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Men’s health: Prostate cancer

Men’s health: Prostate cancer

My Dad has prostate cancer, so the morning I woke up uncomfortable and unable to pee, all sorts of alarm bells were going off in my head.

I don’t really fit into an age bracket where I should have to worry about prostate cancer, but with a family history it was hard to get the thought out of my head.

Like most guys, after the initial panic, I figured I’d just leave it a day or two to see if things came right by themselves. That classic Kiwi ‘she’ll be right’ attitude. So I said nothing and spent the next couple of days feeling like a dam that’s ready to burst with nothing but a straw to relieve the pressure.

Prostate cancer is one of the most common forms of cancer in New Zealand. Roughly 3000 Kiwi men are diagnosed with the disease each year and more than 600 die from it. However, I think the bigger issue is that us Kiwi blokes are just crap at seeking health advice.

Statistics back this up: Kiwi males go to the doctor three times less than women. We exercise less than women. We’re more likely to die from cancer than women, more likely to commit suicide, more likely to have diabetes and more likely to have a stroke. Typically our food choices are worse than women too; we load up on carbohydrates, eat more junk food and consume more takeaways.

It’s funny how men can look after their prized possessions (that new car, those new wheels) with a level of care and attention that borders on obsession but when it comes to taking our health seriously, we’re content to ignore it and hope for the best.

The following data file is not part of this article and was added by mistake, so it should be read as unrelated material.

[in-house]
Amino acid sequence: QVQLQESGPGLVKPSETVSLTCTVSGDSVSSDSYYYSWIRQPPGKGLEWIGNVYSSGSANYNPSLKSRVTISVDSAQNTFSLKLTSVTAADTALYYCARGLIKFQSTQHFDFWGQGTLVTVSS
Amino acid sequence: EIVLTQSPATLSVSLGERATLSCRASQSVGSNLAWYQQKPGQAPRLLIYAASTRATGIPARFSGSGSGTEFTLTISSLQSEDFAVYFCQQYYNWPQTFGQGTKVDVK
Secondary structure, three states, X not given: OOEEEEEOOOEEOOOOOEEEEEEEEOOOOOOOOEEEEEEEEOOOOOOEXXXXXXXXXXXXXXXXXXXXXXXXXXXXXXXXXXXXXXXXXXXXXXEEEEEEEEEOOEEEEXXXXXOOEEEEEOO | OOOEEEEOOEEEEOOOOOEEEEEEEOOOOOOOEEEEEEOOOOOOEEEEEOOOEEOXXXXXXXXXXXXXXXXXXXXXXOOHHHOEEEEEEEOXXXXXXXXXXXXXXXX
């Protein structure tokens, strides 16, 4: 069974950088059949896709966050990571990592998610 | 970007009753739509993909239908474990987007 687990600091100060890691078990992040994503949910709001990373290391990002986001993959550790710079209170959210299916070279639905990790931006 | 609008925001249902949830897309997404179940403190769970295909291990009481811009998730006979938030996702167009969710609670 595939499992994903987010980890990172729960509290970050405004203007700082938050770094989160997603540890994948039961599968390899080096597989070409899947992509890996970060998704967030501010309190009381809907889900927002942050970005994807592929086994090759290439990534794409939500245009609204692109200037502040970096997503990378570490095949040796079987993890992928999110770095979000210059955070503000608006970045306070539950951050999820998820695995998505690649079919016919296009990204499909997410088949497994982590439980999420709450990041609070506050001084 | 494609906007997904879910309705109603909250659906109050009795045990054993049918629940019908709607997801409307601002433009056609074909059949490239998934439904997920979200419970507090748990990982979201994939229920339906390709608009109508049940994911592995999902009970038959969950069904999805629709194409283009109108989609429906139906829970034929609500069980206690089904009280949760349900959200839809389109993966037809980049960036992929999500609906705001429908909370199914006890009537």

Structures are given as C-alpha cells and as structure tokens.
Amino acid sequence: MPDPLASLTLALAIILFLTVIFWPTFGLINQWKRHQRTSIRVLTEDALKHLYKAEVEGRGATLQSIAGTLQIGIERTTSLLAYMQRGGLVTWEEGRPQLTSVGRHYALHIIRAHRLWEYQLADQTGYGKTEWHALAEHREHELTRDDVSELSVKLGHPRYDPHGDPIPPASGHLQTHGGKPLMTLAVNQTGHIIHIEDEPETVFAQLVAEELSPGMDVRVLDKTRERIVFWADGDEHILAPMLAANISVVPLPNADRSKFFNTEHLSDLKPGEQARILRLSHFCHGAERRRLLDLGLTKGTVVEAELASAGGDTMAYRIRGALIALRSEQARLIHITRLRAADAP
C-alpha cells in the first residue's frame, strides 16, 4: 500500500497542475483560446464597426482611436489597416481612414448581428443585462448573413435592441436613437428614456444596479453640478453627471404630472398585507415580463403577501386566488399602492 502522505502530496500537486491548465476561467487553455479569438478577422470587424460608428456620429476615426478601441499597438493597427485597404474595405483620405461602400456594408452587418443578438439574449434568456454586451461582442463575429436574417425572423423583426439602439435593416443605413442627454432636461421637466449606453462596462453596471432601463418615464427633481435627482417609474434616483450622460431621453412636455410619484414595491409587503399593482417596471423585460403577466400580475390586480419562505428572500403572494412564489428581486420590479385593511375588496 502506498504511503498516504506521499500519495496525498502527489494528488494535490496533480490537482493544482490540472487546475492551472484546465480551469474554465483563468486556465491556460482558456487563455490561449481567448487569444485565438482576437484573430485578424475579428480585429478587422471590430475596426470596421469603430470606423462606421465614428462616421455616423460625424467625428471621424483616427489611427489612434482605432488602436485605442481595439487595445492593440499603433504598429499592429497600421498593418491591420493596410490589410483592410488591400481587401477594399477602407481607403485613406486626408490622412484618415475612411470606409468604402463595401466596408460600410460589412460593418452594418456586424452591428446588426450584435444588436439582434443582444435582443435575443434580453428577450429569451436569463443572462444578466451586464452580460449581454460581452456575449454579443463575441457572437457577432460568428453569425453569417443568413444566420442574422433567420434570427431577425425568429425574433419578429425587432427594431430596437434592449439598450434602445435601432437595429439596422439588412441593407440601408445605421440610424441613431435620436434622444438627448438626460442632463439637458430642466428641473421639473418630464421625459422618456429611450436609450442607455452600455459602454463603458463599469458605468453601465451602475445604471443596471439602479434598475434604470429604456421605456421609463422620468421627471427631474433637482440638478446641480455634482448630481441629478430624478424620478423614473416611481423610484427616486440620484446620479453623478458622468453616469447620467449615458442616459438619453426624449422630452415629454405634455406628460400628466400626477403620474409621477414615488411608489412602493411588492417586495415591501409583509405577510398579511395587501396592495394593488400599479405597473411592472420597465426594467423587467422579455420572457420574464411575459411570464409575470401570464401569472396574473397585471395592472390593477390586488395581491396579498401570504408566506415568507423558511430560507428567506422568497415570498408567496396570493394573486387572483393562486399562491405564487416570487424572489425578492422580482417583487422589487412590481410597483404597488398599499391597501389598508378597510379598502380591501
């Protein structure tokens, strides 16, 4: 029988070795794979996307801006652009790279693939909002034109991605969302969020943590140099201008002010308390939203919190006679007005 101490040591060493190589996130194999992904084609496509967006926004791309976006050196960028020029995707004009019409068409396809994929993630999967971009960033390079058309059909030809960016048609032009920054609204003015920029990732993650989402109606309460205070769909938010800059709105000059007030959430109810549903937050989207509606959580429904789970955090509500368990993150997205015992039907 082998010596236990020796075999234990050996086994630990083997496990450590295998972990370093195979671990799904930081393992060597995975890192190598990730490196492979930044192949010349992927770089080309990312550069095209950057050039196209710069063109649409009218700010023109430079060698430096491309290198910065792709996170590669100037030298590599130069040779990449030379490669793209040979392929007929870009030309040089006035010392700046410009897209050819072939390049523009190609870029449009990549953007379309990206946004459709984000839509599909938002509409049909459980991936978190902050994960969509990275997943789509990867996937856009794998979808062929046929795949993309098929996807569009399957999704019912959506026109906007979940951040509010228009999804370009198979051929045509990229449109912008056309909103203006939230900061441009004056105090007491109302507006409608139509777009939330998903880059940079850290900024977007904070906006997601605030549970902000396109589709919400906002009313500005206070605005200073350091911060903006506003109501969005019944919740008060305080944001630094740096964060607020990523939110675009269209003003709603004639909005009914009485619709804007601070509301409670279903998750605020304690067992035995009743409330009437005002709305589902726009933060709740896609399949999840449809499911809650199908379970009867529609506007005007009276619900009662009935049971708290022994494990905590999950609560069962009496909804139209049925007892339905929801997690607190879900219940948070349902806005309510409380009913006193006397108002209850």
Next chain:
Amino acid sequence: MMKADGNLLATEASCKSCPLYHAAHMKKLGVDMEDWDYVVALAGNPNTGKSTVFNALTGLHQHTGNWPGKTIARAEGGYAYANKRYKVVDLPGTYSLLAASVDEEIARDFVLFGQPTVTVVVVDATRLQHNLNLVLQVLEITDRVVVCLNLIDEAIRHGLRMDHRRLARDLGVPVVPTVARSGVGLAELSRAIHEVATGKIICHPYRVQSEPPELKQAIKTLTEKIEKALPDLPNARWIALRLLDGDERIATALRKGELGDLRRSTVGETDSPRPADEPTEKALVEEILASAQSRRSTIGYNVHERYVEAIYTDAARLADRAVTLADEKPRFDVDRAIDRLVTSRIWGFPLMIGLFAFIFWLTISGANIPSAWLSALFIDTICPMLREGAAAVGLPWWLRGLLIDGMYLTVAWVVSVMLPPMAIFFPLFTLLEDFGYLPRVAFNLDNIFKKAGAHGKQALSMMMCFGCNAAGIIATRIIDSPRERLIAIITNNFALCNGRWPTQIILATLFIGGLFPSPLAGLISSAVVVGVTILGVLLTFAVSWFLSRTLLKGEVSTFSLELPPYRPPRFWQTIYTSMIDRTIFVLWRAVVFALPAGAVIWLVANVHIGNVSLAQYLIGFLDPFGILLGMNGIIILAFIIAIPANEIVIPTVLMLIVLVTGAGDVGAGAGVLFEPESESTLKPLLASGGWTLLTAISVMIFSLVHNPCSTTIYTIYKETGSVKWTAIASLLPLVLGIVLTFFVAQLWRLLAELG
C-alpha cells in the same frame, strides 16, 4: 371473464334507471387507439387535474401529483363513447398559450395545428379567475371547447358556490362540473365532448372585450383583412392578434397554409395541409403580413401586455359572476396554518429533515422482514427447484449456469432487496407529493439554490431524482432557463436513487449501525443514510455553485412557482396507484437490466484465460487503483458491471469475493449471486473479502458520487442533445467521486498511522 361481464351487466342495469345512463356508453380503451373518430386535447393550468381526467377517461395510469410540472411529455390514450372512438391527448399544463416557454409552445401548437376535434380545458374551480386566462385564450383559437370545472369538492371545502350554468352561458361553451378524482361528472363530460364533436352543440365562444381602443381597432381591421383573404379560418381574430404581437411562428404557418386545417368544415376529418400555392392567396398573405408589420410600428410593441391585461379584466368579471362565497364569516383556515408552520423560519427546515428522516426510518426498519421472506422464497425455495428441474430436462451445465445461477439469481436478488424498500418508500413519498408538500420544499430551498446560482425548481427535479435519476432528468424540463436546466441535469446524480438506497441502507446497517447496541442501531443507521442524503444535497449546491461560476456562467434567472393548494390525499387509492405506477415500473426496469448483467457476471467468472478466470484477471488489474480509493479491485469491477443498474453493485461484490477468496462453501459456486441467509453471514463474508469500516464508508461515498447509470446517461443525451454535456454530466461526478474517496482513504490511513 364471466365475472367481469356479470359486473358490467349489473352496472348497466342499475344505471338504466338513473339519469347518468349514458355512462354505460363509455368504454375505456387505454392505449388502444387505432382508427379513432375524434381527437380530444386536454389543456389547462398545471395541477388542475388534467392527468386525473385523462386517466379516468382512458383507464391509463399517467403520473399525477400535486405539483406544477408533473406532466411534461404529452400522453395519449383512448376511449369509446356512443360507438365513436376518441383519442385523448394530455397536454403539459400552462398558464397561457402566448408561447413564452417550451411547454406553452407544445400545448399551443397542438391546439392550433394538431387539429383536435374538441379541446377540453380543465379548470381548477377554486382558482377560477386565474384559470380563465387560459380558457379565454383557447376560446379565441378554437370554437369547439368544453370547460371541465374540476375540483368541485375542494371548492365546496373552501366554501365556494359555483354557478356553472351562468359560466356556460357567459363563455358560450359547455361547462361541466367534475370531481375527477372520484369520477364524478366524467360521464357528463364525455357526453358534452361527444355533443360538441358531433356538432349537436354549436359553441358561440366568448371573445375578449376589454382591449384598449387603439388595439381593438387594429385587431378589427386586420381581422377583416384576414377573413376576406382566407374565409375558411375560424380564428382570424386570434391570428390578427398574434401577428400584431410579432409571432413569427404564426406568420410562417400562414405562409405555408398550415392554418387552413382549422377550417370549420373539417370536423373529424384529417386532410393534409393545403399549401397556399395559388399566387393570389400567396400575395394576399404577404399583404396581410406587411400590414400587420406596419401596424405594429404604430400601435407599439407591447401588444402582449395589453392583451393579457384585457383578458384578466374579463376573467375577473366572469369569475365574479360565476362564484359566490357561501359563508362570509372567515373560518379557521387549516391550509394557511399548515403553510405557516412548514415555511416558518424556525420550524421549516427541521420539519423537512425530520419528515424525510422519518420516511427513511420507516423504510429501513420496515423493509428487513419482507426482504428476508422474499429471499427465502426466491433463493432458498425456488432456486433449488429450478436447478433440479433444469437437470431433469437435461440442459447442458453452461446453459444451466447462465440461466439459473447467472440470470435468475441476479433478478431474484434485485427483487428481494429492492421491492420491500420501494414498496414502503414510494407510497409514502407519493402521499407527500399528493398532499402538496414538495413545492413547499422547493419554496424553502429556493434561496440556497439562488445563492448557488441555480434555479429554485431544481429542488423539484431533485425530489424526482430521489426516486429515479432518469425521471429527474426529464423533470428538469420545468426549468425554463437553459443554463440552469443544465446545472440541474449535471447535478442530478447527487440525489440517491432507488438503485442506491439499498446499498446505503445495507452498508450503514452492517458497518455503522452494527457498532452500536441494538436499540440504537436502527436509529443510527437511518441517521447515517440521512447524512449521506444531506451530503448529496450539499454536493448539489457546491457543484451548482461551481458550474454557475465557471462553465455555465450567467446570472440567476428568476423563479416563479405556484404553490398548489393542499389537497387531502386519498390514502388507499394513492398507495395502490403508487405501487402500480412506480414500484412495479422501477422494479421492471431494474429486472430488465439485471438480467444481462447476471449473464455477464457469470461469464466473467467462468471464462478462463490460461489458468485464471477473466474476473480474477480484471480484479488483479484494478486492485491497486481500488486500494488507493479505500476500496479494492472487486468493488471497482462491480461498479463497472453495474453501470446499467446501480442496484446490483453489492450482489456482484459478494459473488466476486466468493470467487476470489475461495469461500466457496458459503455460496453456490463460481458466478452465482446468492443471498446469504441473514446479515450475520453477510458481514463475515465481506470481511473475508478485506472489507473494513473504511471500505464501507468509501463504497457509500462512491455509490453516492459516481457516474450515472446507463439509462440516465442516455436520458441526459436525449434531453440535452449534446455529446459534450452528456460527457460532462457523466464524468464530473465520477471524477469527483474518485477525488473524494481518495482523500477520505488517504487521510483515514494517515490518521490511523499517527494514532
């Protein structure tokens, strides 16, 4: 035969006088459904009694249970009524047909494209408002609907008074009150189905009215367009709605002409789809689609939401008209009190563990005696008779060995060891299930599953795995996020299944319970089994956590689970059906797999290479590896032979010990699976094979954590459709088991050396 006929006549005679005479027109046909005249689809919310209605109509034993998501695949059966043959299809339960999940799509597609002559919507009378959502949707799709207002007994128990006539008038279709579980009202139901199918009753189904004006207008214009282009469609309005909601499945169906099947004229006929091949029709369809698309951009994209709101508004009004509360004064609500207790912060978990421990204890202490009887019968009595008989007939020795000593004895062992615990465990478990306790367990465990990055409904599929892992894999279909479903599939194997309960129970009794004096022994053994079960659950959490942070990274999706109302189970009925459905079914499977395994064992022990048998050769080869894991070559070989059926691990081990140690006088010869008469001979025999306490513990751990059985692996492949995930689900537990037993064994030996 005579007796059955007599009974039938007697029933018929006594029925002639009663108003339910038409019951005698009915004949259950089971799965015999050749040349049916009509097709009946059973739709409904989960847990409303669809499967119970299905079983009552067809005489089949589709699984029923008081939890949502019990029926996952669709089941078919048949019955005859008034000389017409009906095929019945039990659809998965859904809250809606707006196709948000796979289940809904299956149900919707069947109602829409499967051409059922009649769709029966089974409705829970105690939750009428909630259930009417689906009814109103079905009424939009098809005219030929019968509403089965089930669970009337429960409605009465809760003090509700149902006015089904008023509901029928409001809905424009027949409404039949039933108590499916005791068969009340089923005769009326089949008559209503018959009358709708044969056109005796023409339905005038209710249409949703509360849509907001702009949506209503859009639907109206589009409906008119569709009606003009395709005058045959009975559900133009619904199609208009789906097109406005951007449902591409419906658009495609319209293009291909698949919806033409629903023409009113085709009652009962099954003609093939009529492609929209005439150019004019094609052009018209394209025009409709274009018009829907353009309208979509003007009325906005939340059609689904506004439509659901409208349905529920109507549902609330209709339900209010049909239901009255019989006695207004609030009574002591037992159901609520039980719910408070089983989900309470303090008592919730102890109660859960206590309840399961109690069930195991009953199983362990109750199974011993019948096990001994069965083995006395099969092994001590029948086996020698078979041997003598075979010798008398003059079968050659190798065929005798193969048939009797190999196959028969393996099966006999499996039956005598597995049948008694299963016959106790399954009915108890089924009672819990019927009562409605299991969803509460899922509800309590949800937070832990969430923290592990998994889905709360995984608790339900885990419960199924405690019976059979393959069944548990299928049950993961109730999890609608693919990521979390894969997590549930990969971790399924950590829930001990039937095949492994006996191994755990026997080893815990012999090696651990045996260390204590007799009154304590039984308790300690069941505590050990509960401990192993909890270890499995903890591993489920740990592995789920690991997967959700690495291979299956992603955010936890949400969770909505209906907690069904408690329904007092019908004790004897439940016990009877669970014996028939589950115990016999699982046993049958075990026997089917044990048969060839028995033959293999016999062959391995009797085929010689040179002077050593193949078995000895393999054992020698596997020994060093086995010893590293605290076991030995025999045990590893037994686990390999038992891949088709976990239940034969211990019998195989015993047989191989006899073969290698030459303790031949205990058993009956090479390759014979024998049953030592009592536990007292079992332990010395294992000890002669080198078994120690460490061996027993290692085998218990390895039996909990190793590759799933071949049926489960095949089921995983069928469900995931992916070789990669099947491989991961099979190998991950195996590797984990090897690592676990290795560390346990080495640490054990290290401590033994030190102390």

Hoping for the best is a strategy that very rarely works. I’m pretty sure it’s not the game plan when your car breaks down and I doubt the All Blacks ever came back from a halftime deficit simply hoping for the best. If our prostate is not a prized possession, then I don’t know what is! Things didn’t come right, my situation was revealed and stern words were spoken. “You’re an idiot, go see the bloody doctor!”

Here goes…

“Okay, drop your pants, lie on your side and raise your knees up to your chest.”

The glove snaps onto the doctor’s wrist and I know what’s coming next. I console myself by thinking that this can’t be a good experience for the doctor either.

Turns out I had nothing more than an infection that had spread to my prostate. After a couple of uncomfortable weeks and a course of antibiotics, the floodgates were open. Phew!

I’m happy to adopt a ‘she’ll be right’ approach to a lot of things but guys, this attitude towards our health has got to change. Rather than waiting ‘til we’re in dire need of medical attention or support, let’s take a more proactive approach to taking care of ourselves, because prevention really is the best cure.

Shane Gosnell
Founder | 127kgs

I’m Shane, a 30-something guy from Wellington, New Zealand. I started my mission to health in 2012 weighing in at 127kgs. I set up my blog 127kgs to share the weight loss and fitness tips that worked for me while I figured out how to lose 60kg in two years. No Diets. No Pills. No Gyms. Along the way I’ve learned a lot about food, fitness, myself and others. I hope my experiences – both my wins and my failures – can help you reach your goals too. Find me on Facebook.

First published: Oct 2015

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